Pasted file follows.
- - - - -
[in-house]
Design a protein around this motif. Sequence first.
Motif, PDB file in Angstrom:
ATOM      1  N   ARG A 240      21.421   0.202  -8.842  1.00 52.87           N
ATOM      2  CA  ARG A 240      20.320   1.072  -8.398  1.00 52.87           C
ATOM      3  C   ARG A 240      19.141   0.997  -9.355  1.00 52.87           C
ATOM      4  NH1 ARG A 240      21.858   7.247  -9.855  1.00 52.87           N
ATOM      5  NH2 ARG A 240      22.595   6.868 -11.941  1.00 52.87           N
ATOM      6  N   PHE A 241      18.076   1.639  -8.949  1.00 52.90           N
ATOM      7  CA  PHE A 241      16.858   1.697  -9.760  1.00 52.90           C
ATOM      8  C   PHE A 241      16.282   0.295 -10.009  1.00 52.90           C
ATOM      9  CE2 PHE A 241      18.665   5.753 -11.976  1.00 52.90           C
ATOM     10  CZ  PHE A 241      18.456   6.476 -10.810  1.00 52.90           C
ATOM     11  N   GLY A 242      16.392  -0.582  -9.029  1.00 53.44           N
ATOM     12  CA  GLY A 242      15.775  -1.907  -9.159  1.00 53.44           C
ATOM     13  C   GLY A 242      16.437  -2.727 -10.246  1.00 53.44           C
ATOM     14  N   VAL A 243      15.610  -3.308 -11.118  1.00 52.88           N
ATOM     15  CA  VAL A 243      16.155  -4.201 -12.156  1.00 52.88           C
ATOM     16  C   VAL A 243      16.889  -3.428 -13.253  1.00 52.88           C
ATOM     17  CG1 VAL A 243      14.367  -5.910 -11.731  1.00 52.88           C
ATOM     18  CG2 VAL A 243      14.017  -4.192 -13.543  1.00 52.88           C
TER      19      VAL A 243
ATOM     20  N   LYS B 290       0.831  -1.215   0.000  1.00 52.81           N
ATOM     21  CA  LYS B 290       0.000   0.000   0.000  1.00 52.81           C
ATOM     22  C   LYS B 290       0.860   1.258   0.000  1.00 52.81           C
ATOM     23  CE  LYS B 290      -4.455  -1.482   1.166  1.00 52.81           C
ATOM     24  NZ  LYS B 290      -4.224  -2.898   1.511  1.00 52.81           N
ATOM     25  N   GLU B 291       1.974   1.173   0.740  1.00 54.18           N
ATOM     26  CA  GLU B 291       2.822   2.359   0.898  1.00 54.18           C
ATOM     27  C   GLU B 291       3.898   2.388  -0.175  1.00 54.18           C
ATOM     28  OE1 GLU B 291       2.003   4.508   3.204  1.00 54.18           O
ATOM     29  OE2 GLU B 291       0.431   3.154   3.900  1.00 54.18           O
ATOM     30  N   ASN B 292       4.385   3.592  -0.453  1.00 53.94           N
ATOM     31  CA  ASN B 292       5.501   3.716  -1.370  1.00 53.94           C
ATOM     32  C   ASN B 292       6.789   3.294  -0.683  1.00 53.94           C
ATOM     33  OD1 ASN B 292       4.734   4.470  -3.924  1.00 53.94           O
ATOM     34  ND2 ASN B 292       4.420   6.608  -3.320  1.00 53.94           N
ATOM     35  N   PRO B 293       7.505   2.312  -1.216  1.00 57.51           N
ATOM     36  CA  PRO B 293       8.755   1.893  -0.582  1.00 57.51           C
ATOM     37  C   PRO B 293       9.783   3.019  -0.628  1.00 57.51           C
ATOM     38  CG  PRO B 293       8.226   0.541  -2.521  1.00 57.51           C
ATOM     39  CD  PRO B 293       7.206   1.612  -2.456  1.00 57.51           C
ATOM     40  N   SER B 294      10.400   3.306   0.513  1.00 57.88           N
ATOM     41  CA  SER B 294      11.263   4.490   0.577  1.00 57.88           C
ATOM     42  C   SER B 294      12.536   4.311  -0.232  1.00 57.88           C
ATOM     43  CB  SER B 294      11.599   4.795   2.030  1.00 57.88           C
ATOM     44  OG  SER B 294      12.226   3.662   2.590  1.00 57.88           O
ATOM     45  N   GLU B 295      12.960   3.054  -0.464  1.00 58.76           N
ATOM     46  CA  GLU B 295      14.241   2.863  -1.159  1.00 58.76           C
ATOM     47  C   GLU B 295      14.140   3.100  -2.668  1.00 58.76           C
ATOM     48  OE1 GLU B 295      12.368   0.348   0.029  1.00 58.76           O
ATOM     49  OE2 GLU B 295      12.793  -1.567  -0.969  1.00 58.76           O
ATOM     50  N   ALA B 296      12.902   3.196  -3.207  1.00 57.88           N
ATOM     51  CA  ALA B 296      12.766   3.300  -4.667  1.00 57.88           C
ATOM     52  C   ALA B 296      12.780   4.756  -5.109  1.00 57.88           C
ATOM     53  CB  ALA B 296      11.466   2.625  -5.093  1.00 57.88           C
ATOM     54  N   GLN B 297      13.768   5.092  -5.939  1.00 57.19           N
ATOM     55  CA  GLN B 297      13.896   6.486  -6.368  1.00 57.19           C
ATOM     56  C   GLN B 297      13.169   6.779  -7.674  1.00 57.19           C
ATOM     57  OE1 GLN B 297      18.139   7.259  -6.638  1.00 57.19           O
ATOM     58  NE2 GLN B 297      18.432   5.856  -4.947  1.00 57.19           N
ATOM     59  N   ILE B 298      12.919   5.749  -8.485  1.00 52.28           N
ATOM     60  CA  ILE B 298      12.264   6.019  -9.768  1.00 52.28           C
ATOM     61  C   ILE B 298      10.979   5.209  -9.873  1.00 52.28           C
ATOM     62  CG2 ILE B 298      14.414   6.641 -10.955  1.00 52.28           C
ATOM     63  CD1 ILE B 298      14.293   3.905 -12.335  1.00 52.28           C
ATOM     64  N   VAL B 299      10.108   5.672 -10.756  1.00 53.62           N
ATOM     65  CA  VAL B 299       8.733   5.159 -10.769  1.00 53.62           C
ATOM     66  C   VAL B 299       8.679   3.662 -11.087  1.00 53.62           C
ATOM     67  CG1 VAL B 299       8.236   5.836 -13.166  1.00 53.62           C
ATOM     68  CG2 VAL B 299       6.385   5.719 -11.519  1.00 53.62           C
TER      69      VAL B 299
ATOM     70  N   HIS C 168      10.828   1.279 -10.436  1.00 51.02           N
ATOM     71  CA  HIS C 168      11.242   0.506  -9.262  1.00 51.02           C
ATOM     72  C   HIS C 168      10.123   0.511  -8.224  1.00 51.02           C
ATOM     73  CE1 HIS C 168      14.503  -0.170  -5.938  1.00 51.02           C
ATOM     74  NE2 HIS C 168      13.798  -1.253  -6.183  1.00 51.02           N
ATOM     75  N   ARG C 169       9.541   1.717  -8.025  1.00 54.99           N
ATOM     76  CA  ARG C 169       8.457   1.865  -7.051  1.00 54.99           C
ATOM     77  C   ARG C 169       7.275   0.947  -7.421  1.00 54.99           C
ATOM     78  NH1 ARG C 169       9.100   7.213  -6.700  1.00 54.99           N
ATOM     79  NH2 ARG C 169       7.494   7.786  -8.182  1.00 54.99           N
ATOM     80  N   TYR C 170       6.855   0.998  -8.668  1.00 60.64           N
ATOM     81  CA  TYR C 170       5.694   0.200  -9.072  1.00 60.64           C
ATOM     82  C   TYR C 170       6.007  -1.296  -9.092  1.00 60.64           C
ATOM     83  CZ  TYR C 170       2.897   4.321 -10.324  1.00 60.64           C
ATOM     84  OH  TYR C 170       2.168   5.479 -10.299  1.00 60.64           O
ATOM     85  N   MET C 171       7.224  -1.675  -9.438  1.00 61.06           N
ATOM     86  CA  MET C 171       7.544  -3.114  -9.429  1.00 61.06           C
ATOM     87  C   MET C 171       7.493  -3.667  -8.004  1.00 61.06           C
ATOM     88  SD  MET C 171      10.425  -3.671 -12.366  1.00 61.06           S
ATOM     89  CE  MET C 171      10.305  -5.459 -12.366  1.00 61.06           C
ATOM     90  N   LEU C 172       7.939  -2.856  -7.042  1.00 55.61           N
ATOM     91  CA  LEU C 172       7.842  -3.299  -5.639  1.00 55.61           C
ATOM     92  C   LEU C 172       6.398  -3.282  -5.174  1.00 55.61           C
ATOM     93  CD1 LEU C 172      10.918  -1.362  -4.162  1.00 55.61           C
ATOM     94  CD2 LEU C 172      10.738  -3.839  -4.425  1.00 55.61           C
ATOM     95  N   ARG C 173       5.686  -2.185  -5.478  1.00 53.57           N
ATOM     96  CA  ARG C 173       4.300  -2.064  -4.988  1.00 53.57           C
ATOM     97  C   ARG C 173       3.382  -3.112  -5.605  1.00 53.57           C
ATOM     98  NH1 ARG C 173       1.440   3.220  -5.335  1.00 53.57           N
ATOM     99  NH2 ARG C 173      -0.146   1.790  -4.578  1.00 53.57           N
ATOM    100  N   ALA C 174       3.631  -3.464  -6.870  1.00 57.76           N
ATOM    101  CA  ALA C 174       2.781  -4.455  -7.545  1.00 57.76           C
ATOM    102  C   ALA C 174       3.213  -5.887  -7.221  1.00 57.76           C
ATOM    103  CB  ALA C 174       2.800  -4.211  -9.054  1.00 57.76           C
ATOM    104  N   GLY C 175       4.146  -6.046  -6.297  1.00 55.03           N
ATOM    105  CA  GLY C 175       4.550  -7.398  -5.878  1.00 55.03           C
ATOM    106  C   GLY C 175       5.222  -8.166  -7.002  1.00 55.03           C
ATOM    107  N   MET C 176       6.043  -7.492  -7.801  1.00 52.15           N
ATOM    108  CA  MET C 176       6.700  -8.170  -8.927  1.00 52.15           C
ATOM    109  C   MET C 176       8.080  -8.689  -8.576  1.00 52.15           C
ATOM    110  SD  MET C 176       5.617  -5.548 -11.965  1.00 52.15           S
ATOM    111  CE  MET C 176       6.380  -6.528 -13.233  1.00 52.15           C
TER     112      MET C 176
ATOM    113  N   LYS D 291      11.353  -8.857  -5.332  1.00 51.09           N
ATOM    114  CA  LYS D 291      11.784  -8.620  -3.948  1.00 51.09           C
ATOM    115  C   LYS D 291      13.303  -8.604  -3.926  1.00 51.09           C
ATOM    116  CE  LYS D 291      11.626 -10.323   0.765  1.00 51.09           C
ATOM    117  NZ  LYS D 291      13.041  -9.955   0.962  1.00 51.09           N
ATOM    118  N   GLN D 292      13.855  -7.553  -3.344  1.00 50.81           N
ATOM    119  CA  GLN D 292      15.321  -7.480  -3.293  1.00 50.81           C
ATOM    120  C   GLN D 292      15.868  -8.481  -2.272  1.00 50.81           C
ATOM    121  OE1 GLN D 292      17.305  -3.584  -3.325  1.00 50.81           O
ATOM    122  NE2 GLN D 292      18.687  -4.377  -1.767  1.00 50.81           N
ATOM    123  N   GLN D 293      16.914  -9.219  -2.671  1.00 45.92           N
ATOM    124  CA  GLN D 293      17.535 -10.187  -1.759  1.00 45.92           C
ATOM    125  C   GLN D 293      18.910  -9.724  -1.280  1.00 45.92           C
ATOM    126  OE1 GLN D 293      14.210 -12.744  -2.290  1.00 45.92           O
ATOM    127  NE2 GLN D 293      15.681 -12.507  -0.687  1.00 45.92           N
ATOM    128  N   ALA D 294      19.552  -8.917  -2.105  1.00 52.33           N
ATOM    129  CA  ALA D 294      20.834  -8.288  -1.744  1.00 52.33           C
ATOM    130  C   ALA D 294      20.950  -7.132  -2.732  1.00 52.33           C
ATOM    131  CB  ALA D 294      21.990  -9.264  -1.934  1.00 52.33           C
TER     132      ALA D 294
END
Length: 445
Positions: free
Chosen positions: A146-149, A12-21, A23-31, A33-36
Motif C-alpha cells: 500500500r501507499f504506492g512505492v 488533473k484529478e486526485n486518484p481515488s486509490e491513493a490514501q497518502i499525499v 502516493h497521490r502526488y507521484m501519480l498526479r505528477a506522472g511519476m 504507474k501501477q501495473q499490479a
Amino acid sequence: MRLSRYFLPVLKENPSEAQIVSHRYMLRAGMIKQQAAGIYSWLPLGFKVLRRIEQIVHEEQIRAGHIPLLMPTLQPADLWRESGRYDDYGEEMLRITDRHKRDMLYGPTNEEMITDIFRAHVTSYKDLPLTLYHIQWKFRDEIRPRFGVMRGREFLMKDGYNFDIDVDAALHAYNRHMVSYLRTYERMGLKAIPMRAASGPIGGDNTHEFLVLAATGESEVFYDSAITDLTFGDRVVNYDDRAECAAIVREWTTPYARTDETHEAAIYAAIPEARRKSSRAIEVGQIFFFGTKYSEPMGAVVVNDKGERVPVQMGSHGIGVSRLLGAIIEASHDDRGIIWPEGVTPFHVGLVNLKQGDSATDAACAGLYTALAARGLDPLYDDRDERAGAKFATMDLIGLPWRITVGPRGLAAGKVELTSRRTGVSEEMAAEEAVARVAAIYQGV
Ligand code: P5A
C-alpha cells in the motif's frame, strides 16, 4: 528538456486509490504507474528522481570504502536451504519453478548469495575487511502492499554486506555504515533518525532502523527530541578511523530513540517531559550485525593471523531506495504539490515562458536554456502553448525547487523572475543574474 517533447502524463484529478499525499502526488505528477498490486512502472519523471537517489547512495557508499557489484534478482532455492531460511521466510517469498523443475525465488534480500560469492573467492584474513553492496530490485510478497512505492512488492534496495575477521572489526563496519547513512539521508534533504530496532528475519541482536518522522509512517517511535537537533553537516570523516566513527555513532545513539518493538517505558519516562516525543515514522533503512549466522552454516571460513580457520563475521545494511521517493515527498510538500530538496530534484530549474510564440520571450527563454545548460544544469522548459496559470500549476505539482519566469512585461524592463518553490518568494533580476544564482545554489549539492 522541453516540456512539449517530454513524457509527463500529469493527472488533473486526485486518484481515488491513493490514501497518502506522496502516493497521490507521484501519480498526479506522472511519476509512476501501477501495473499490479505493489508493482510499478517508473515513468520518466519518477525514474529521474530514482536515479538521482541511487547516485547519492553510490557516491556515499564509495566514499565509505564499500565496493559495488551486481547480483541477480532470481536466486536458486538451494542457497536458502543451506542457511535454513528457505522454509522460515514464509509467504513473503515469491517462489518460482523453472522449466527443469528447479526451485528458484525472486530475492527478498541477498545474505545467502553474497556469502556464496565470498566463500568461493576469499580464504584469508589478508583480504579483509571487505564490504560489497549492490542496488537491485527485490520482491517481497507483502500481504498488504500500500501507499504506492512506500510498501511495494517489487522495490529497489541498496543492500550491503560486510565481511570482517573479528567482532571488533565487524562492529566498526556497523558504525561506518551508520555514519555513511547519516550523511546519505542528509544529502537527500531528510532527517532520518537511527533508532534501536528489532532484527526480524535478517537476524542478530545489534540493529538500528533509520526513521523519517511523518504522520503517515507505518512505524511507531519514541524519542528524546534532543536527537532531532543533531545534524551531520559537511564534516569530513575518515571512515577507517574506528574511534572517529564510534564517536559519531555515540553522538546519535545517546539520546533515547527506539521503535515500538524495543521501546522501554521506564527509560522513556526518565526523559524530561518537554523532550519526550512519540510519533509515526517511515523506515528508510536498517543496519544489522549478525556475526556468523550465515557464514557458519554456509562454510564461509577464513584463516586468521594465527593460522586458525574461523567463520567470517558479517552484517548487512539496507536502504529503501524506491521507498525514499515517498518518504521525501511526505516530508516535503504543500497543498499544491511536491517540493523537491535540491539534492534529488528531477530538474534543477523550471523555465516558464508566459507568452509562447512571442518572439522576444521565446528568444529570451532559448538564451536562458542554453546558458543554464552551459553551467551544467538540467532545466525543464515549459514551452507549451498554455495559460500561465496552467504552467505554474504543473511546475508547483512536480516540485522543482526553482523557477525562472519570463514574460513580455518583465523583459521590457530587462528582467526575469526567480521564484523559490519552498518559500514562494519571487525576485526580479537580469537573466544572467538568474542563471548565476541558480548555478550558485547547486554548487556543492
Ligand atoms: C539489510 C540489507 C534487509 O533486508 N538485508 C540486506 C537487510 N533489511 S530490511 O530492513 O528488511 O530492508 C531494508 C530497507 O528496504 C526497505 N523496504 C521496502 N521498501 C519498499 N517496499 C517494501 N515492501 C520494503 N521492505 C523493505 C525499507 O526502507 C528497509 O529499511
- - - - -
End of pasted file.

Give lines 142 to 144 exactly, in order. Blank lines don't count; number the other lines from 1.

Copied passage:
Ligand code: P5A
C-alpha cells in the motif's frame, strides 16, 4: 528538456486509490504507474528522481570504502536451504519453478548469495575487511502492499554486506555504515533518525532502523527530541578511523530513540517531559550485525593471523531506495504539490515562458536554456502553448525547487523572475543574474 517533447502524463484529478499525499502526488505528477498490486512502472519523471537517489547512495557508499557489484534478482532455492531460511521466510517469498523443475525465488534480500560469492573467492584474513553492496530490485510478497512505492512488492534496495575477521572489526563496519547513512539521508534533504530496532528475519541482536518522522509512517517511535537537533553537516570523516566513527555513532545513539518493538517505558519516562516525543515514522533503512549466522552454516571460513580457520563475521545494511521517493515527498510538500530538496530534484530549474510564440520571450527563454545548460544544469522548459496559470500549476505539482519566469512585461524592463518553490518568494533580476544564482545554489549539492 522541453516540456512539449517530454513524457509527463500529469493527472488533473486526485486518484481515488491513493490514501497518502506522496502516493497521490507521484501519480498526479506522472511519476509512476501501477501495473499490479505493489508493482510499478517508473515513468520518466519518477525514474529521474530514482536515479538521482541511487547516485547519492553510490557516491556515499564509495566514499565509505564499500565496493559495488551486481547480483541477480532470481536466486536458486538451494542457497536458502543451506542457511535454513528457505522454509522460515514464509509467504513473503515469491517462489518460482523453472522449466527443469528447479526451485528458484525472486530475492527478498541477498545474505545467502553474497556469502556464496565470498566463500568461493576469499580464504584469508589478508583480504579483509571487505564490504560489497549492490542496488537491485527485490520482491517481497507483502500481504498488504500500500501507499504506492512506500510498501511495494517489487522495490529497489541498496543492500550491503560486510565481511570482517573479528567482532571488533565487524562492529566498526556497523558504525561506518551508520555514519555513511547519516550523511546519505542528509544529502537527500531528510532527517532520518537511527533508532534501536528489532532484527526480524535478517537476524542478530545489534540493529538500528533509520526513521523519517511523518504522520503517515507505518512505524511507531519514541524519542528524546534532543536527537532531532543533531545534524551531520559537511564534516569530513575518515571512515577507517574506528574511534572517529564510534564517536559519531555515540553522538546519535545517546539520546533515547527506539521503535515500538524495543521501546522501554521506564527509560522513556526518565526523559524530561518537554523532550519526550512519540510519533509515526517511515523506515528508510536498517543496519544489522549478525556475526556468523550465515557464514557458519554456509562454510564461509577464513584463516586468521594465527593460522586458525574461523567463520567470517558479517552484517548487512539496507536502504529503501524506491521507498525514499515517498518518504521525501511526505516530508516535503504543500497543498499544491511536491517540493523537491535540491539534492534529488528531477530538474534543477523550471523555465516558464508566459507568452509562447512571442518572439522576444521565446528568444529570451532559448538564451536562458542554453546558458543554464552551459553551467551544467538540467532545466525543464515549459514551452507549451498554455495559460500561465496552467504552467505554474504543473511546475508547483512536480516540485522543482526553482523557477525562472519570463514574460513580455518583465523583459521590457530587462528582467526575469526567480521564484523559490519552498518559500514562494519571487525576485526580479537580469537573466544572467538568474542563471548565476541558480548555478550558485547547486554548487556543492
Ligand atoms: C539489510 C540489507 C534487509 O533486508 N538485508 C540486506 C537487510 N533489511 S530490511 O530492513 O528488511 O530492508 C531494508 C530497507 O528496504 C526497505 N523496504 C521496502 N521498501 C519498499 N517496499 C517494501 N515492501 C520494503 N521492505 C523493505 C525499507 O526502507 C528497509 O529499511